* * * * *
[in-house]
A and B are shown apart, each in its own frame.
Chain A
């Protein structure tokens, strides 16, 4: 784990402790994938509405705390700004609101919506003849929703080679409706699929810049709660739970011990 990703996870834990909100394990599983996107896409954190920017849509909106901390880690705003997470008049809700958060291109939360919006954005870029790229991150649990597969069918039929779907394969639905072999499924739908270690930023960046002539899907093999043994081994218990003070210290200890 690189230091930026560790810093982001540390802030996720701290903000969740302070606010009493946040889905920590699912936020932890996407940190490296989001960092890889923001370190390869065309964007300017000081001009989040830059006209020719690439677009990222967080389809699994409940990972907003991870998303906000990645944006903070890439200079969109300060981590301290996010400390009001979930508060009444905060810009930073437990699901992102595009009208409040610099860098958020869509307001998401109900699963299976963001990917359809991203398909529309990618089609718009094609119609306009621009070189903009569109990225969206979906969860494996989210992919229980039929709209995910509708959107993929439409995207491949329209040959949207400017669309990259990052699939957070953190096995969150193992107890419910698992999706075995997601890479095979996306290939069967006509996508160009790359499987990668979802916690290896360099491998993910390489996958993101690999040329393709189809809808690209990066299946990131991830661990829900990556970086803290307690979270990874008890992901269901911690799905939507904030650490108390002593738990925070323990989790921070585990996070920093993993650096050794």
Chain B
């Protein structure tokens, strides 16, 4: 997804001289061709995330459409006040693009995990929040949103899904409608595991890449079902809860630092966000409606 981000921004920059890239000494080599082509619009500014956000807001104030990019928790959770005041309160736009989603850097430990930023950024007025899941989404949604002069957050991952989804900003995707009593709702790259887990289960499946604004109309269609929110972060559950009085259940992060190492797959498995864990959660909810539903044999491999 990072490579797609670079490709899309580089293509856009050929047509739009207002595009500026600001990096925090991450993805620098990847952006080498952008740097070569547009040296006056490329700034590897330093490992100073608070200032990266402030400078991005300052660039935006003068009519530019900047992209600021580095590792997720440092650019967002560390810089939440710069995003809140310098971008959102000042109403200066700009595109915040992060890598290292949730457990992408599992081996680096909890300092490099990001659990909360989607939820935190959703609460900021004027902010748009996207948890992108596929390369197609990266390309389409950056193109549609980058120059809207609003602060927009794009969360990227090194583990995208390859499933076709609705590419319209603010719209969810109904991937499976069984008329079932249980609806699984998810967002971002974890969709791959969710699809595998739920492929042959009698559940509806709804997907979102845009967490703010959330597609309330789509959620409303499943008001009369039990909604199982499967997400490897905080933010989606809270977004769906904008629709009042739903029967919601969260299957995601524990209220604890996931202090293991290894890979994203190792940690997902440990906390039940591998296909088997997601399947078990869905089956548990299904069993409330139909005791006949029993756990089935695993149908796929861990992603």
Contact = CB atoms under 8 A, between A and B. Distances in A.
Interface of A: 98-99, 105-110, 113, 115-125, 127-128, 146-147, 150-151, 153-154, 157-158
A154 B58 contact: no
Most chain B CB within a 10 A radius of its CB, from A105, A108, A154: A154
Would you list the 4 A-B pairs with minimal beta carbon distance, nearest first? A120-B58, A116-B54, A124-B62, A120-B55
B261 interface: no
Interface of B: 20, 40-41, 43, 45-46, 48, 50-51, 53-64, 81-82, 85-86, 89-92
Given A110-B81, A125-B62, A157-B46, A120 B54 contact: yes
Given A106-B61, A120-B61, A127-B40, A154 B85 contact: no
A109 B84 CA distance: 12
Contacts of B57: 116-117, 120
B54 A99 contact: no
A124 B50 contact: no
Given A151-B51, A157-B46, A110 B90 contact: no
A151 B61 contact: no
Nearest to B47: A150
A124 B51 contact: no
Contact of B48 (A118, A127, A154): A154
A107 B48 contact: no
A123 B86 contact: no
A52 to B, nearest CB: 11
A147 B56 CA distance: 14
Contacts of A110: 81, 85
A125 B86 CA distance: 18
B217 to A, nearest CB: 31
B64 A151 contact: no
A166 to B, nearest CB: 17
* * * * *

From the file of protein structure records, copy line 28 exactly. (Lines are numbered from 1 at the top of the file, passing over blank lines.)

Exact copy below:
A147 B56 CA distance: 14